A lawyer representing former clients of a financial planning firm under administration has questioned whether the move is a device to shield against Financial Ombudsman Service claims.
According to a letter sent from Perth-based lawyer David Huggins to the Australian Securities and Investments Commission – obtained by ifa –self-licensed firm Chambers Investment Planners went into administration “because it was unable to meet its ongoing liabilities with respect to FOS claims that have been made against it”.
In July it emerged that Grant Thornton administrators had been appointed to the firm, with a source close to the matter subsequently telling ifa Chambers was under pressure from a dispute with its PI insurer.
However, Mr Huggins – who represents a number of former clients of Chambers seeking damages for losses – has a number of concerns about the administration process.
The letter to ASIC asks the regulator to investigate “whether the placing of Chambers into administration is just a device that it is intended to allow Chambers to avoid its FOS related liabilities”.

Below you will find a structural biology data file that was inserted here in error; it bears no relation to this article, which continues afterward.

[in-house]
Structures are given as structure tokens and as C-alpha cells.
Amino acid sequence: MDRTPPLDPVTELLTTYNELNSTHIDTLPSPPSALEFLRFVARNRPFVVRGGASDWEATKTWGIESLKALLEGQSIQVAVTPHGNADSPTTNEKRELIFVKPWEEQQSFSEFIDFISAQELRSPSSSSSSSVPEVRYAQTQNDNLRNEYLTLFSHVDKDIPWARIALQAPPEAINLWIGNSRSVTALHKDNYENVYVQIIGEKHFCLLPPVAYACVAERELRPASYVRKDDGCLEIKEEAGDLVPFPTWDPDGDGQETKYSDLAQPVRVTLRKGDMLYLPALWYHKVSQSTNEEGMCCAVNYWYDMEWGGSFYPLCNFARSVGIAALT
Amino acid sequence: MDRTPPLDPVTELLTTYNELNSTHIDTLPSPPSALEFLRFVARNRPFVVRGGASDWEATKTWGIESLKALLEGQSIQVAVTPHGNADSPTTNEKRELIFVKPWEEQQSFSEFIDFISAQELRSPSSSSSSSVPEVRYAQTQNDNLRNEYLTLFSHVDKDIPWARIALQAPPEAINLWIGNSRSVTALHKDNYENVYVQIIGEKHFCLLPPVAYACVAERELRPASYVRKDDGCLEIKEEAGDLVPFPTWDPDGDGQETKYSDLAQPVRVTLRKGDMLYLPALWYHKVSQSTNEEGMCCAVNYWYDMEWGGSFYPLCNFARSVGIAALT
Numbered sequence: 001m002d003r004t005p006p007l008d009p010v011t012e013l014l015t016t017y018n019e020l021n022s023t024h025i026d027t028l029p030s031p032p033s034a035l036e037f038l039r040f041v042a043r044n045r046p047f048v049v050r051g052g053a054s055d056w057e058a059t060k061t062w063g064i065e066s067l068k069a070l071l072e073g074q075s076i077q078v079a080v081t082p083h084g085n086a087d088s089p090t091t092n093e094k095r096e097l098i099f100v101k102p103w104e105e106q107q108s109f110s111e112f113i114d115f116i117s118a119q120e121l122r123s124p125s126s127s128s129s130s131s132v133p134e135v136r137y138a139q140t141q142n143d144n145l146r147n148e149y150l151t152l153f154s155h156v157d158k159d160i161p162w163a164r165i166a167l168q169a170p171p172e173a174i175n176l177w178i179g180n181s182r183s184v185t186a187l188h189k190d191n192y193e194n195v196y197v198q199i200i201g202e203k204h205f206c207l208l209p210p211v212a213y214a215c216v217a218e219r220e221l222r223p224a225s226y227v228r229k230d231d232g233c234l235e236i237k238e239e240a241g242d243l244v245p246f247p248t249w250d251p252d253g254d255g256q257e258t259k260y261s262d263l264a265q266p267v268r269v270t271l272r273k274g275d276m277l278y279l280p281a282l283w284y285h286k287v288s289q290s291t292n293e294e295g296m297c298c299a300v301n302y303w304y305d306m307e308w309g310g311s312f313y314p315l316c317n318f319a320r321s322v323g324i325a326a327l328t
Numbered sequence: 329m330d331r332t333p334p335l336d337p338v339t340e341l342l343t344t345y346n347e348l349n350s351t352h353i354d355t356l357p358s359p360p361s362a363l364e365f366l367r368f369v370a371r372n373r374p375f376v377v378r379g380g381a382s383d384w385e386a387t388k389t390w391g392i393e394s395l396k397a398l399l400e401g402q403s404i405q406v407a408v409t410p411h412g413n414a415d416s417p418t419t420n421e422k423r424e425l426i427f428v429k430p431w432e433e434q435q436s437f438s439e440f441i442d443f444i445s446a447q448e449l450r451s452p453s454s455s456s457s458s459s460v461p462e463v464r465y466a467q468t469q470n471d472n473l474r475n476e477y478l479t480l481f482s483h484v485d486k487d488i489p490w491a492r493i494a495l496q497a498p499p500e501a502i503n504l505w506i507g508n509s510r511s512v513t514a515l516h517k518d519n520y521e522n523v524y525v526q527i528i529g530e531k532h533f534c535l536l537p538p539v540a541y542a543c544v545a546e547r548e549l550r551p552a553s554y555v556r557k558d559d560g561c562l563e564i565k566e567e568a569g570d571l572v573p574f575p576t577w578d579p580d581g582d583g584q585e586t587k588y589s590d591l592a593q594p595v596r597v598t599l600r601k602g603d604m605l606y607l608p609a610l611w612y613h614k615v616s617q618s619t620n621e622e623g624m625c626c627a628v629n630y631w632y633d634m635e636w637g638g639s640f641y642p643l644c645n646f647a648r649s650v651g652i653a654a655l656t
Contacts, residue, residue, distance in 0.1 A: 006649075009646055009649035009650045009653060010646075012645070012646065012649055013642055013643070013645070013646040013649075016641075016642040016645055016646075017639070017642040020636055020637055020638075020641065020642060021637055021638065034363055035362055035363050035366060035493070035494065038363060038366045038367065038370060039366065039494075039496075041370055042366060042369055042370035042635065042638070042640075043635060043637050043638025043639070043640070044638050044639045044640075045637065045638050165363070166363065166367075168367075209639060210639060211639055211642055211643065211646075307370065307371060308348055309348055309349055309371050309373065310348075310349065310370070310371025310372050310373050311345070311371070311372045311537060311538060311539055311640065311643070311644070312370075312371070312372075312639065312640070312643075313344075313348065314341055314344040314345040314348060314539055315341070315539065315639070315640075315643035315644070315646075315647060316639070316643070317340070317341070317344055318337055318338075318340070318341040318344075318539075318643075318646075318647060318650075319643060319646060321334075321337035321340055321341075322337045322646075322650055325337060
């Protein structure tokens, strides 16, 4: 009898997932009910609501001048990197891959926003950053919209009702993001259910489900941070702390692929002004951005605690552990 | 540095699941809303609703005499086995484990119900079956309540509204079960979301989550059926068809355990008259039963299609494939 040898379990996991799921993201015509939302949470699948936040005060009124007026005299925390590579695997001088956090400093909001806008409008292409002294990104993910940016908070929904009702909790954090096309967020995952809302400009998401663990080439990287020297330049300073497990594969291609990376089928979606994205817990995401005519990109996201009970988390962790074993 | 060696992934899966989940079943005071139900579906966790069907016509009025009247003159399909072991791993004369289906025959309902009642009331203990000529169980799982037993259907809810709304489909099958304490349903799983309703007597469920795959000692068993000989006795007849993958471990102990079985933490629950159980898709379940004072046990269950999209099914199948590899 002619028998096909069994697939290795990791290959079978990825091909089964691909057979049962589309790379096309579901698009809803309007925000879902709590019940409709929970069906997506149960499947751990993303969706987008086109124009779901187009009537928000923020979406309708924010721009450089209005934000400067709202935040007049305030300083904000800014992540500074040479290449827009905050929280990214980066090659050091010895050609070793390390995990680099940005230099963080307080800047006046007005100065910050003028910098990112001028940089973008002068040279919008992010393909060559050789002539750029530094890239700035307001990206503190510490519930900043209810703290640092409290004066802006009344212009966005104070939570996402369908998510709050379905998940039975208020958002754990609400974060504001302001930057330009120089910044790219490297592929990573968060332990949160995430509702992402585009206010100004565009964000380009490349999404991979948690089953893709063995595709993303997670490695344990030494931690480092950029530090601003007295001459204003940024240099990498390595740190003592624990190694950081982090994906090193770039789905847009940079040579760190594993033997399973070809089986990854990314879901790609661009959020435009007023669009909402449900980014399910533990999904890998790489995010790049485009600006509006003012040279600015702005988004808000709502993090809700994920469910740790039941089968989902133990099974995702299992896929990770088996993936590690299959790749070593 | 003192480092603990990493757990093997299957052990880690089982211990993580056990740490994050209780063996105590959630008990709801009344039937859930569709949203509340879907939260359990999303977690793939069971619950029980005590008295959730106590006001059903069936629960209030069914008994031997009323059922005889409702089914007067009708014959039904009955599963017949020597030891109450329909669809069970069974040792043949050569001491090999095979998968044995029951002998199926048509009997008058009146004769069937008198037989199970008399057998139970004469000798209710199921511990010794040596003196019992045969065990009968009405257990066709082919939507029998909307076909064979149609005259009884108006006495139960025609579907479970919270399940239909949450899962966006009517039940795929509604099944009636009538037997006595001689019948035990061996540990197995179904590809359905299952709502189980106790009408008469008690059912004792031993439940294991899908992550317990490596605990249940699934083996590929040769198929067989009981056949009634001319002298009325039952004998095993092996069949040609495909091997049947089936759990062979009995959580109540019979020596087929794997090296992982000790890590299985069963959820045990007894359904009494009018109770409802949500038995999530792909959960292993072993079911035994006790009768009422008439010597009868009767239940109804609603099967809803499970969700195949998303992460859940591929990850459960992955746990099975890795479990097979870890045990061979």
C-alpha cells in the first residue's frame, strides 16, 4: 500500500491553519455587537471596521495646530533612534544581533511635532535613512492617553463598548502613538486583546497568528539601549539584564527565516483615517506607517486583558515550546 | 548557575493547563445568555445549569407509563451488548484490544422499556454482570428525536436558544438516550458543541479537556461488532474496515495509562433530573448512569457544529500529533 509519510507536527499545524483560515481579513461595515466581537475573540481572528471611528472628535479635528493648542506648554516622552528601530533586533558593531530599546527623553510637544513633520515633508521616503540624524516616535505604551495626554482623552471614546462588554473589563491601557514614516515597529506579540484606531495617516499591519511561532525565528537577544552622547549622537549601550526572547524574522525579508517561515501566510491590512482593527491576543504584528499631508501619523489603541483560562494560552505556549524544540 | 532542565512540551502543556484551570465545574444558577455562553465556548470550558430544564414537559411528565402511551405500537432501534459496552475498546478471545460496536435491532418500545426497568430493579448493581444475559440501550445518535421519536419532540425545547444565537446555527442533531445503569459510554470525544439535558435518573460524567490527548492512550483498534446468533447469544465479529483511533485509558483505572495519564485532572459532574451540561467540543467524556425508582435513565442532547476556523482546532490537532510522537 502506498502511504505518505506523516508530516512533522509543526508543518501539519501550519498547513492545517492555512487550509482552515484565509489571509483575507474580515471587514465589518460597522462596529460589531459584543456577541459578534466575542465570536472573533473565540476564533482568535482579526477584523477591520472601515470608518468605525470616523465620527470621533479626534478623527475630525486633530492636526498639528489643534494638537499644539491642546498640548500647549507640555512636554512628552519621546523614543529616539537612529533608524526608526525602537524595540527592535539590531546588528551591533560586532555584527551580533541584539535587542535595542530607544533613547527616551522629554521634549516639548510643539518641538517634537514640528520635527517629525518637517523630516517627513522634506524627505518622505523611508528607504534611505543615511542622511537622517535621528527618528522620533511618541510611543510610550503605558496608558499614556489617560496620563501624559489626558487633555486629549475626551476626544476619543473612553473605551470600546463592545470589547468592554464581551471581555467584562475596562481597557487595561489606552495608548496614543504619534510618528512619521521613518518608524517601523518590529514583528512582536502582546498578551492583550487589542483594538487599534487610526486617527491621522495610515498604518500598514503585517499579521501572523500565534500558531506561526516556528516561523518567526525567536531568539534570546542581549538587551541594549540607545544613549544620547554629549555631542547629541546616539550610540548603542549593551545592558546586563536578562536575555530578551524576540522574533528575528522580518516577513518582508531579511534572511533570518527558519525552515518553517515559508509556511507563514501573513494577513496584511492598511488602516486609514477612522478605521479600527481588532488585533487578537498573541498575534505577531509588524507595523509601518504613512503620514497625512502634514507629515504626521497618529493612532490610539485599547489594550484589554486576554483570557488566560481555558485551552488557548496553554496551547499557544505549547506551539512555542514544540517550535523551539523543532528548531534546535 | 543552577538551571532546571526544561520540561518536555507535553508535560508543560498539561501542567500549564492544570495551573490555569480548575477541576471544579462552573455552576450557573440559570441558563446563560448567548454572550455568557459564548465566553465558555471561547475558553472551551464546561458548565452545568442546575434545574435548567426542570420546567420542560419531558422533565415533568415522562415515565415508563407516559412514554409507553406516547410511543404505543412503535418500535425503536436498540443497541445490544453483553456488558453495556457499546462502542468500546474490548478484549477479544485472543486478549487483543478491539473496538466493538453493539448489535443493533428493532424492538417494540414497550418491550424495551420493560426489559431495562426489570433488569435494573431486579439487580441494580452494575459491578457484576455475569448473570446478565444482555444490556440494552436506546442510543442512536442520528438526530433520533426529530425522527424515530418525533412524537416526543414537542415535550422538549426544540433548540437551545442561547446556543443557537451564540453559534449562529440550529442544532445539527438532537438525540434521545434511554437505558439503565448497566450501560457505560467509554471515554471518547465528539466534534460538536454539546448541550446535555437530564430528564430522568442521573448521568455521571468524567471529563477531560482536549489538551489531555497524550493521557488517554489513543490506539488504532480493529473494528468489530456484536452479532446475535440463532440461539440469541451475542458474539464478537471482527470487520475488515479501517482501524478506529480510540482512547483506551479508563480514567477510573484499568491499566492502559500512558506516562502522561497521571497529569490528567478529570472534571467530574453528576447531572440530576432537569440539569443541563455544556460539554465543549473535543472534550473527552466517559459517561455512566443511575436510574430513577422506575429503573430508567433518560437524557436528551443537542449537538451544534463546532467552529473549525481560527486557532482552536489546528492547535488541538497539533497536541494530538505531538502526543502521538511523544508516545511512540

In addition, the lawyer calls on ASIC to investigate whether Chambers still has an active AFSL and whether it has “adequate compensation arrangements in place” in accordance with obligations under the Corporations Act.
“Chambers currently holds an AFSL and I suspect (but do not know this) that it is operating – as I understand the position – a company that is in administration cannot continue to hold an AFSL – the point being it is unclear to me why Chambers’ AFSL has not been cancelled,” Mr Huggins wrote.
“From what I’ve seen, the standard of advice provided by Chambers was very poor – in my view, the persons who provided that advice should not be allowed to continue working in the financial services industry.”
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